BACKGROUND: Caffeine or ketorolac decrease the risk of retinopathy of prematurity and may act synergistically to improve beneficial effect. Combination of caffeine (Caff) and ketorolac (Keto) to prevent oxygen-induced retinopathy was studied. METHODS: Newborn rats exposed to room air (RA) or intermittent hypoxia (IH) consisting of 12% O2 during hyperoxia (50% O2) from birth (P0) had single daily IP injections of Caff from P0-P13 or saline; and/or ocular Keto (Acuvail, 0.45% ophthalmic solution) administered subcutaneously over the eyes from P5-P7. Pups were studied at P14 or placed in RA for recovery from IH (IHR) until P21. Eyes were examined for neovascularization, histopathology, growth factors, and VEGF-signaling genes. RESULTS: Severe retinal damage noted during IHR in the untreated groups evidenced by hemorrhage, neovascularization, and oxygen-induced retinopathy (OIR) pathologies were prevented with Keto/Caff treatment. Keto and/or Caff treatment in IH also promoted retinal neural development evidenced by eye opening (92%, P < 0.001 vs. 31% in the placebo-treated IH group). No corneal pathologies were noted with Keto. CONCLUSION: Caff or Keto given individually reduced retinal neovascularization, but the two drugs given together prevented severe OIR.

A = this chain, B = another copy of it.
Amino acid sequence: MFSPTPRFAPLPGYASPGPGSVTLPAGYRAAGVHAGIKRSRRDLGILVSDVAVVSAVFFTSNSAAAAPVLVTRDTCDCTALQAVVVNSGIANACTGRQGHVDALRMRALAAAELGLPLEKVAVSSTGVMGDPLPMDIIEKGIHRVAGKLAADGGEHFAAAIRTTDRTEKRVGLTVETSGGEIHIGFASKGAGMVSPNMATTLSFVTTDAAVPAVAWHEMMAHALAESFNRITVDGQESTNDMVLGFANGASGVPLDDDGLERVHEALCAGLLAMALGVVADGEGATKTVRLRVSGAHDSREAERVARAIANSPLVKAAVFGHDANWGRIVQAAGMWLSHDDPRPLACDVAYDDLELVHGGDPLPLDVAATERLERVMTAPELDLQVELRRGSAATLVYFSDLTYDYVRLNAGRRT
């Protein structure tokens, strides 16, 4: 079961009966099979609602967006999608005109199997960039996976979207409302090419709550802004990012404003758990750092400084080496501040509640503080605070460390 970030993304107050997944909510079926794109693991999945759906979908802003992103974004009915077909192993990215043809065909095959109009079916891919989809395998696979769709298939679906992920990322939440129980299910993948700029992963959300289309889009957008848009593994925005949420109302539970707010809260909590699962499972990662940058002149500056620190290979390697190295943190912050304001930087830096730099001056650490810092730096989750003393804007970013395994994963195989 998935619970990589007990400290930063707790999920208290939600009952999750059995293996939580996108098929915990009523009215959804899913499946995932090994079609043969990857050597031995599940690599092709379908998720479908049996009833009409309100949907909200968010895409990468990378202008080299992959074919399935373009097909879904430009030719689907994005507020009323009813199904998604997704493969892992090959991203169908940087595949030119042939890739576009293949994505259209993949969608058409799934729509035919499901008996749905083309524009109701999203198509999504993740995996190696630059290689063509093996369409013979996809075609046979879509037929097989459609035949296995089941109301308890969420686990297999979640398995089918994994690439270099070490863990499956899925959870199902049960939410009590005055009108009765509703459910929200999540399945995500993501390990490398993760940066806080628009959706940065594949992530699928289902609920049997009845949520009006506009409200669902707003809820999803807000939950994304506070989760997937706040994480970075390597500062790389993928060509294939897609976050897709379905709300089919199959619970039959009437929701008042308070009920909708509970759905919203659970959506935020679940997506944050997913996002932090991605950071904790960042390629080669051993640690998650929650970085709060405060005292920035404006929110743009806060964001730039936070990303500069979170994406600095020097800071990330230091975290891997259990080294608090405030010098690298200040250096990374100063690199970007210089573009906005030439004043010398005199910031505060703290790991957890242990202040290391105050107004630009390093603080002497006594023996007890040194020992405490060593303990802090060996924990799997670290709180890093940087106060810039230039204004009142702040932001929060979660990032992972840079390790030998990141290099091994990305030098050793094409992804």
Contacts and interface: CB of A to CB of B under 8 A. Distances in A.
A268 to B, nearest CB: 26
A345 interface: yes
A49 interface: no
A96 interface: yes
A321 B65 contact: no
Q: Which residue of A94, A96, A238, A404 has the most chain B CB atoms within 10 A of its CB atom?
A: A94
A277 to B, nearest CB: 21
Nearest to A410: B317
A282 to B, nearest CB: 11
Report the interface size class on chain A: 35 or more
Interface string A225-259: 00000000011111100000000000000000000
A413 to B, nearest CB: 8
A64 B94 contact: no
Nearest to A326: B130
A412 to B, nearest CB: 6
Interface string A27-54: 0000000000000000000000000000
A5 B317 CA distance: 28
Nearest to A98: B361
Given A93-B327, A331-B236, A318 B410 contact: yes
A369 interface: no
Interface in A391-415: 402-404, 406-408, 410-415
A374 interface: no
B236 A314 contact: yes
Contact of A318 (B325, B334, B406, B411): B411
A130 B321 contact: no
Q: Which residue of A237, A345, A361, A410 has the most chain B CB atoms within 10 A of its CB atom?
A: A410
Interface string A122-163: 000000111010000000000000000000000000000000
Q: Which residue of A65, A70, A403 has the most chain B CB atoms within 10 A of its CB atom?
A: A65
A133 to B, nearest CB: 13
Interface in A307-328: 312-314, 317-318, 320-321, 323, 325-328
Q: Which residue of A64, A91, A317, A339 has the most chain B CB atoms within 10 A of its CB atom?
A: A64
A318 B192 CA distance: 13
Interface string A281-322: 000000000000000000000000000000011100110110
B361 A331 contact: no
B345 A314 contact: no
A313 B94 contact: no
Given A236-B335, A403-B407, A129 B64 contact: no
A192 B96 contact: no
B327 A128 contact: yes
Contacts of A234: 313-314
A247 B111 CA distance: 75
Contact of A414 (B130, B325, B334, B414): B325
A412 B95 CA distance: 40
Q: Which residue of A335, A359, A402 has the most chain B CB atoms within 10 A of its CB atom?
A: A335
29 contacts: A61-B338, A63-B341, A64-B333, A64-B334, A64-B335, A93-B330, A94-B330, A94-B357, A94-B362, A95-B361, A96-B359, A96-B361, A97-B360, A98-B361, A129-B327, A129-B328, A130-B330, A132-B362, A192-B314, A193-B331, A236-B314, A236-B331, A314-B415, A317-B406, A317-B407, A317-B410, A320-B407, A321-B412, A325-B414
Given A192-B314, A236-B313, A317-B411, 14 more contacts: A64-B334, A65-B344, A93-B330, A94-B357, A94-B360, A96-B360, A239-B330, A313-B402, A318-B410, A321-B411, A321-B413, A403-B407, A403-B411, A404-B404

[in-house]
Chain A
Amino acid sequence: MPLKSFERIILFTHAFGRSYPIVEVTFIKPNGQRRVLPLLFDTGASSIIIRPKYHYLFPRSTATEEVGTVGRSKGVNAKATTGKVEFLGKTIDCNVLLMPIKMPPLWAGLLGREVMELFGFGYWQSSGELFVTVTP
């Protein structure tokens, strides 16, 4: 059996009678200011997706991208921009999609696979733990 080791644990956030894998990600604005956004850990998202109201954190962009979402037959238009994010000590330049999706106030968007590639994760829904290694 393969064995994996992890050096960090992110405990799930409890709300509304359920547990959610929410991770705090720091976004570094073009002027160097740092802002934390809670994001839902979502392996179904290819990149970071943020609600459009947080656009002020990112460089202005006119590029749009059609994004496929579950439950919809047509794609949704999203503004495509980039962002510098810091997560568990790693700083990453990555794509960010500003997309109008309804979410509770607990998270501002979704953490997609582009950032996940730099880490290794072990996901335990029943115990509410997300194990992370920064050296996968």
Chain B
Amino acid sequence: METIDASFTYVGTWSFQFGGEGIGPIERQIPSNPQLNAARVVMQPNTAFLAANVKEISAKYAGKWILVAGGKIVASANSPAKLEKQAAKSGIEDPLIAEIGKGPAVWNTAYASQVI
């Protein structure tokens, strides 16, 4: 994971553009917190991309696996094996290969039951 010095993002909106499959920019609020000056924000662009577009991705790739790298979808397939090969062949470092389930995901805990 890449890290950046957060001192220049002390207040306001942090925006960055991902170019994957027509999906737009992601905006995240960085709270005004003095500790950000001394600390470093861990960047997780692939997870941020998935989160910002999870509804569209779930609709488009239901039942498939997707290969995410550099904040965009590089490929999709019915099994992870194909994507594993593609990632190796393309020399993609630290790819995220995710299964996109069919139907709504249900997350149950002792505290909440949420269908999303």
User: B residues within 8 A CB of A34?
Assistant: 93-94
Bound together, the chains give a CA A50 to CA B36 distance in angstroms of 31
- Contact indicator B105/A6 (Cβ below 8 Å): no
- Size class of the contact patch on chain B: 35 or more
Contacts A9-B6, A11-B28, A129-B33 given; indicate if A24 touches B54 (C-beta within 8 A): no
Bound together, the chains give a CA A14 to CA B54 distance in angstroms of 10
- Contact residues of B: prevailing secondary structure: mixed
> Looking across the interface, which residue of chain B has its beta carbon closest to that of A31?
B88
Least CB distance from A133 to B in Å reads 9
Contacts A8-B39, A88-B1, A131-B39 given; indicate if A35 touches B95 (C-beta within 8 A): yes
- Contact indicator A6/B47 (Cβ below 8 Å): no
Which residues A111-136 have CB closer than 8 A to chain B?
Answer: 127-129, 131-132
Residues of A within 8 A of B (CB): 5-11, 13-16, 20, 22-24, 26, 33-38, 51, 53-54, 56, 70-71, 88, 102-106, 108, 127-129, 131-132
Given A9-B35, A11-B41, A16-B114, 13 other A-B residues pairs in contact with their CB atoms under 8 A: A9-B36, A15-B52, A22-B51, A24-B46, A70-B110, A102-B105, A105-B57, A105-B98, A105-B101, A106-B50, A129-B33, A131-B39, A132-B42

Seasonal Variation in the Presentation of Infectious Keratitis